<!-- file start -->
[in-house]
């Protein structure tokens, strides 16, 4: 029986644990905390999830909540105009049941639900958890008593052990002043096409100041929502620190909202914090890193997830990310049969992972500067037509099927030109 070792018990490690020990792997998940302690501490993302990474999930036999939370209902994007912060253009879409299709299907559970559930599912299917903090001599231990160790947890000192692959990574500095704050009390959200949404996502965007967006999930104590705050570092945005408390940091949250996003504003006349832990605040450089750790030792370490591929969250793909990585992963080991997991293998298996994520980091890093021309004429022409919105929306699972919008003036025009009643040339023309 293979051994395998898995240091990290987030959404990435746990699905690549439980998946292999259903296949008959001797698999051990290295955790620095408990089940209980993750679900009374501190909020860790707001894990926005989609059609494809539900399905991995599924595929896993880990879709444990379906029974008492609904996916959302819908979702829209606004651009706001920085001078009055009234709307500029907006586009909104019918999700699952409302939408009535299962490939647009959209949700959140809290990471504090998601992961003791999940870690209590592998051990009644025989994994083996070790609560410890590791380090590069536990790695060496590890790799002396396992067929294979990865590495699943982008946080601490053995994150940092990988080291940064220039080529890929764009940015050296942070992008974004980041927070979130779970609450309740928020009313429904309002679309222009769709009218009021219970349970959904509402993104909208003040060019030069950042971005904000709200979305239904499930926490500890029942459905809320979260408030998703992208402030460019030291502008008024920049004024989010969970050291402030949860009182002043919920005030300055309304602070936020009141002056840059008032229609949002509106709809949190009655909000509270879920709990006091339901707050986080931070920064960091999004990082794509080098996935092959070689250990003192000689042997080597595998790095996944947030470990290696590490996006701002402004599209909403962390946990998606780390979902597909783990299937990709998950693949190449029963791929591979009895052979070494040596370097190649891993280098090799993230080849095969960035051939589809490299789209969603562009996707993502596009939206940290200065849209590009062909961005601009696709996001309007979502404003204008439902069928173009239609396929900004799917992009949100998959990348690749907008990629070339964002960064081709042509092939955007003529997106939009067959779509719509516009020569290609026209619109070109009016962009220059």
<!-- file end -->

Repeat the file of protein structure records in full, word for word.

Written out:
[in-house]
């Protein structure tokens, strides 16, 4: 029986644990905390999830909540105009049941639900958890008593052990002043096409100041929502620190909202914090890193997830990310049969992972500067037509099927030109 070792018990490690020990792997998940302690501490993302990474999930036999939370209902994007912060253009879409299709299907559970559930599912299917903090001599231990160790947890000192692959990574500095704050009390959200949404996502965007967006999930104590705050570092945005408390940091949250996003504003006349832990605040450089750790030792370490591929969250793909990585992963080991997991293998298996994520980091890093021309004429022409919105929306699972919008003036025009009643040339023309 293979051994395998898995240091990290987030959404990435746990699905690549439980998946292999259903296949008959001797698999051990290295955790620095408990089940209980993750679900009374501190909020860790707001894990926005989609059609494809539900399905991995599924595929896993880990879709444990379906029974008492609904996916959302819908979702829209606004651009706001920085001078009055009234709307500029907006586009909104019918999700699952409302939408009535299962490939647009959209949700959140809290990471504090998601992961003791999940870690209590592998051990009644025989994994083996070790609560410890590791380090590069536990790695060496590890790799002396396992067929294979990865590495699943982008946080601490053995994150940092990988080291940064220039080529890929764009940015050296942070992008974004980041927070979130779970609450309740928020009313429904309002679309222009769709009218009021219970349970959904509402993104909208003040060019030069950042971005904000709200979305239904499930926490500890029942459905809320979260408030998703992208402030460019030291502008008024920049004024989010969970050291402030949860009182002043919920005030300055309304602070936020009141002056840059008032229609949002509106709809949190009655909000509270879920709990006091339901707050986080931070920064960091999004990082794509080098996935092959070689250990003192000689042997080597595998790095996944947030470990290696590490996006701002402004599209909403962390946990998606780390979902597909783990299937990709998950693949190449029963791929591979009895052979070494040596370097190649891993280098090799993230080849095969960035051939589809490299789209969603562009996707993502596009939206940290200065849209590009062909961005601009696709996001309007979502404003204008439902069928173009239609396929900004799917992009949100998959990348690749907008990629070339964002960064081709042509092939955007003529997106939009067959779509719509516009020569290609026209619109070109009016962009220059």